it. Matt: That all sounds impossible. How does any superheavy research get done? Laura: Slowly. Christoph Düllmann: At the GSI, we typically
now conduct experiments that bring you useful results within a time frame of say, 2–4
weeks. In the time frame of roughly 1 month, we expect
the observation of several atoms. Laura: That’s Christoph Düllmann, head
of the superheavy-element chemistry department at the GSI. Matt: To recap, then, they work for like a
month to get, let’s say eight atoms to study? Not to put too fine a point on it, but I feel
like we should touch on why someone would want to do superheavy-element chemistry. Laura: Good point. One of the big things is that the superheavies
are drawing focus on how we’ve arranged the periodic table. Matt: Which is periodically, right? Laura: About that. It turns out scientists
are still debating the best way to arrange everything. Right, Sam? Sam Lemonick: Totally. You can read more about that in a feature
I wrote. We’ll add a link to it in the description. Laura: And the chemistry of the superheavies
is factoring into those discussions. For example, oganesson, element 118, is in
the noble-gas group, but it may behave more like a semiconductor, according to recent
computational modeling. Matt: So it’s almost like an identity thing
for superheavies? Like, “I’m not like the others in my group. Where do I belong?” Laura: I’m not sure they really care,
but questions about periodicity are a big deal for the periodic table. And Christoph Düllmann says there are exciting
questions beyond that as you make more stable elements. Christoph Düllmann: We can do more benchtop-style
experiments and study much more profound properties. And that’s fantastic, and eventually if you
make enough of that, you will find applications. Laura: For example, remember I mentioned that
seaborgium can have a longer lifetime? It’s long enough to actually do chemistry. The isotope can merge with ligands to form
a hexacarbonyl compound. Matt: That is wild. But most superheavies don’t live that long,
right? Laura: No, other superheavies only last long
enough for gas-solid chromatography, which can measure the reactivity of the elements. Matt: I’ve heard of chromatography, but
the kind I’m thinking about takes longer than a millisecond to run. How does it work with these short-lived isotopes? Laura: The moment an atom is created, it is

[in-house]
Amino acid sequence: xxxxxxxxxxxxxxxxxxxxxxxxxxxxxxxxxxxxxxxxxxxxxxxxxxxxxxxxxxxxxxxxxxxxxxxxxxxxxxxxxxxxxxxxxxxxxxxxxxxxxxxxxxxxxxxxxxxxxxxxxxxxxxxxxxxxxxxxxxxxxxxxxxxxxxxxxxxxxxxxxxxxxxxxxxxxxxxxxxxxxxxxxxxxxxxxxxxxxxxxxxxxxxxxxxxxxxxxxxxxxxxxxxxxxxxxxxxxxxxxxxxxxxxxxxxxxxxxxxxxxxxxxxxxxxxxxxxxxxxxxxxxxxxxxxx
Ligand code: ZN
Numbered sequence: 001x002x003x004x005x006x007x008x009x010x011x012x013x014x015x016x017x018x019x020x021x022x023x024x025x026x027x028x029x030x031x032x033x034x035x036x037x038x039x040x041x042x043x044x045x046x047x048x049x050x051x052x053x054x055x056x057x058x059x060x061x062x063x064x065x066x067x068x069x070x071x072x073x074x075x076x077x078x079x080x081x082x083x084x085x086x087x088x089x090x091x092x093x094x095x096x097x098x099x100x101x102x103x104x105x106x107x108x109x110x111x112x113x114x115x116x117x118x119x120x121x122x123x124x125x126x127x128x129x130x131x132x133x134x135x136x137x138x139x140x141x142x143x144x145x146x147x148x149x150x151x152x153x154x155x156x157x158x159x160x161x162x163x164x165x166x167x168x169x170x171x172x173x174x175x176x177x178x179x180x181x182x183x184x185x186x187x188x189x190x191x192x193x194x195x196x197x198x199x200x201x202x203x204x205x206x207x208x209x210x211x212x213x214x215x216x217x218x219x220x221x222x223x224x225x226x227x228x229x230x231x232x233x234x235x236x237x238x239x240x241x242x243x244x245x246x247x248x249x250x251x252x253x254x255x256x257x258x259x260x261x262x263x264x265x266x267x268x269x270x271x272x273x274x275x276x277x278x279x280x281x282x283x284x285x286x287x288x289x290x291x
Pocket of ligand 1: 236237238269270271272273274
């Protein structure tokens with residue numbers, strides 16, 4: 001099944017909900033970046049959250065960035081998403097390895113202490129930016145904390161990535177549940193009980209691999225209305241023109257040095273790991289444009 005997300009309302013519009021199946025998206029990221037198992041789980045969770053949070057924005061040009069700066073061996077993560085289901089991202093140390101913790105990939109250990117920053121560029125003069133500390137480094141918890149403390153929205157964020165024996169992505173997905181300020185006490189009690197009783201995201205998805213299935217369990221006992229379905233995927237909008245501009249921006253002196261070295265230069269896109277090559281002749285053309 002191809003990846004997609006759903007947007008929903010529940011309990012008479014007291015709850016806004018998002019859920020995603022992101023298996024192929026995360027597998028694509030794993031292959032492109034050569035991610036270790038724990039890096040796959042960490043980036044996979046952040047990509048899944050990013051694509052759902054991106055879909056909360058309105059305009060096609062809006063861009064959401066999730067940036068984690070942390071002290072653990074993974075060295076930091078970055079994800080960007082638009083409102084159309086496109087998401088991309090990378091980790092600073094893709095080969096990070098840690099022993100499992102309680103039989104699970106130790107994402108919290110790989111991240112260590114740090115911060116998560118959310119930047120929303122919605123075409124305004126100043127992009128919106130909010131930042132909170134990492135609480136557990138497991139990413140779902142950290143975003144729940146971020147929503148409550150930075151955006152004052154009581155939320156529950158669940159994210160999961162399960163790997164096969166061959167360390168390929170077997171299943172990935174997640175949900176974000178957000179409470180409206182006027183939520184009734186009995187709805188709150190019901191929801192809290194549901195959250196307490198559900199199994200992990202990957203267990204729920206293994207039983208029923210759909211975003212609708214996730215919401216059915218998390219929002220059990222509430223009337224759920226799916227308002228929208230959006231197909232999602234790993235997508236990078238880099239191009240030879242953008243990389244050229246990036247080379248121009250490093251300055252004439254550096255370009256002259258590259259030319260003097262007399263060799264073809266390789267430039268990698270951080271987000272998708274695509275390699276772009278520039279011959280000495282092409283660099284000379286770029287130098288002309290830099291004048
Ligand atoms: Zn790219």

fired down an array of detectors. A postdoc in Christoph’s group called Lotte
Lens showed me what those detectors look like, but she didn’t want to be on camera. Matt: Oh, that’s too bad. Laura: But she did explain to me that by measuring
where the atom adsorbs on the detectors, she she can calculate the reactivity of the atom. Researchers can then compare that to theoretical
predictions. Christoph Düllmann: We get good guidance
from theory. And this is always helpful. The experiment is designed to answer a specific
question. Laura: And that’s not all. Aside from gas chromatography, scientists
are developing different forms of spectroscopy to study the superheavies too. Matt: It sounds like scientists are working
on this problem from a couple different angles, then It’s not just, “Let’s make more atoms
of more stable isotopes.” It’s also, “Let’s make better gear to
study what we can already make.” Laura: Sure. But let’s not kid ourselves. More atoms of stable isotopes is the
goal. And Christoph thinks that island of stability
might still be out there, even if the elements aren’t superstable like those higher up
on the periodic table. Christoph Düllmann: So the picture of the
island of stability is, in my opinion, fully correct. We do not know where the center is, we do
not know how high the mountain or this peak of stability really is. We’re at the shoreline more or less. And so we start to climb up the hill and find
more long-lived isotopes. Laura: I like to think of these researchers
as explorers. So they’re looking for the island of stability,
and it might not have superstable elements there, but they might find some interesting
things or something different, and I’m excited about that. Matt: Yeah. And, either way, we got to go look at some
pretty sweet equipment. Laura: And you got to wear a hard hat. Matt: That may have been the best part of
this. Joking aside, we want to know what you’re
most excited to learn about the superheavy elements. Let us know in the comments. Laura: This video is part of C&EN’s celebrations for the International Year of the Periodic Table. Make sure to visit our website to see all
of the other awesome content we’ve produced this year. Matt: Including an awesome story that you
wrote with even more superheavy goodness. Laura: Thanks for watching.

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3 thoughts on “What’s at the end of the periodic table? — Speaking of Chemistry

  1. Ain't it so beautifull to still find good content like this nowadays? Recently I've been reading an article telling the history of the periodic table and discovery of elements. I'm pretty sure that as Mendeleiev hit the nail on the head with his previsions, our scients we'll do for next elements too!

  2. Could someway, at least theoretically, be possible to technollogically interfere with bosonic fields or nuclei charges/forces to somehow get to slow down and stabilize those heavier element nuclei to increase their half life and size?